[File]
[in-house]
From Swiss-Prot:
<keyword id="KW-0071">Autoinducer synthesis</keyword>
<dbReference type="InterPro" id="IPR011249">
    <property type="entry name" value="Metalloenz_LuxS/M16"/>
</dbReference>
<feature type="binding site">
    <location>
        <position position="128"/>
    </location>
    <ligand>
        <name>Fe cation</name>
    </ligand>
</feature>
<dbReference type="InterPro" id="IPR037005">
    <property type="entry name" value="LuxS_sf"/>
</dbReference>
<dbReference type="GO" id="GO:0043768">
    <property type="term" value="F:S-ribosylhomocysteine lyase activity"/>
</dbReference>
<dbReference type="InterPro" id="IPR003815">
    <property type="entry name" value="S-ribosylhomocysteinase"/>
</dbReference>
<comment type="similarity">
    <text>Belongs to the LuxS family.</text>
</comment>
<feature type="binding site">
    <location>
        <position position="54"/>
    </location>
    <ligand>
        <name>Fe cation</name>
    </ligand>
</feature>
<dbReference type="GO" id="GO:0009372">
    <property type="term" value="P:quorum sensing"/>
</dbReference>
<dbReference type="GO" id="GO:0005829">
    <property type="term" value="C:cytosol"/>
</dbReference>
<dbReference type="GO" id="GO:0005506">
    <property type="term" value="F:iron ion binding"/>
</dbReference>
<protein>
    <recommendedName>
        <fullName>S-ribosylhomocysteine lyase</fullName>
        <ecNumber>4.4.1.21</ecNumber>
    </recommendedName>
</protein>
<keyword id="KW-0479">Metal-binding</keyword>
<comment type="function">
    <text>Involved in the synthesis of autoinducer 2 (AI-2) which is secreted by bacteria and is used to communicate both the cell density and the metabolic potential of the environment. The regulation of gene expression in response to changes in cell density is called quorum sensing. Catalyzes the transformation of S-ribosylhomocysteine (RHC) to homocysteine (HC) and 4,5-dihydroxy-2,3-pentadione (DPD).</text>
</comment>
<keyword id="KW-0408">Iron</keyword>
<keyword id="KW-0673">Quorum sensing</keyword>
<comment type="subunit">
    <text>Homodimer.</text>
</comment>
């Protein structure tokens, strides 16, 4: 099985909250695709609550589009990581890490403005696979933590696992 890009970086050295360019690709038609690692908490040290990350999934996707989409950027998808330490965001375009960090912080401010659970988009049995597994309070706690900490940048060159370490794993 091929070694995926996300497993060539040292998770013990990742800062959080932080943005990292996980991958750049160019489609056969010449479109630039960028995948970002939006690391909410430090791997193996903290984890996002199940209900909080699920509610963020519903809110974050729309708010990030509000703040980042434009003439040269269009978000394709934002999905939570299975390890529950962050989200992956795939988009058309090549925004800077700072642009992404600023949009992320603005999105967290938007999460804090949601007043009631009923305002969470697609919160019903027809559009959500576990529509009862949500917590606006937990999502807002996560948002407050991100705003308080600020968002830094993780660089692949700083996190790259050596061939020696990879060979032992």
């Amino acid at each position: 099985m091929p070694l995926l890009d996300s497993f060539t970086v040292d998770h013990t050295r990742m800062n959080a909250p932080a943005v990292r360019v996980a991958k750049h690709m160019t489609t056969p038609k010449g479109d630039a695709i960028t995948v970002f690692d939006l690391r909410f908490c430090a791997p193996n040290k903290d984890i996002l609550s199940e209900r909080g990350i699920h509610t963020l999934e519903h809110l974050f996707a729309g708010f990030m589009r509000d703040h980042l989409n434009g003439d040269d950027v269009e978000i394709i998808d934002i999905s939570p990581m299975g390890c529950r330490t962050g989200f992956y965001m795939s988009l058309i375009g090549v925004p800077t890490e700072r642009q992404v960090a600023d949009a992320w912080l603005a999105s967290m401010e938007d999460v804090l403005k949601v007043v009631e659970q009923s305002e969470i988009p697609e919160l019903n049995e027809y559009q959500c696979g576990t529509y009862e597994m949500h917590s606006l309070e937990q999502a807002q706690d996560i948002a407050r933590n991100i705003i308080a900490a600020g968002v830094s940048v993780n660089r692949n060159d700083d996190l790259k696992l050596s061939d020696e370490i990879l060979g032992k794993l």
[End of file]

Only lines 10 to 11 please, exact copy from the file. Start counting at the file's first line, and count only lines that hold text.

    </location>
    <ligand>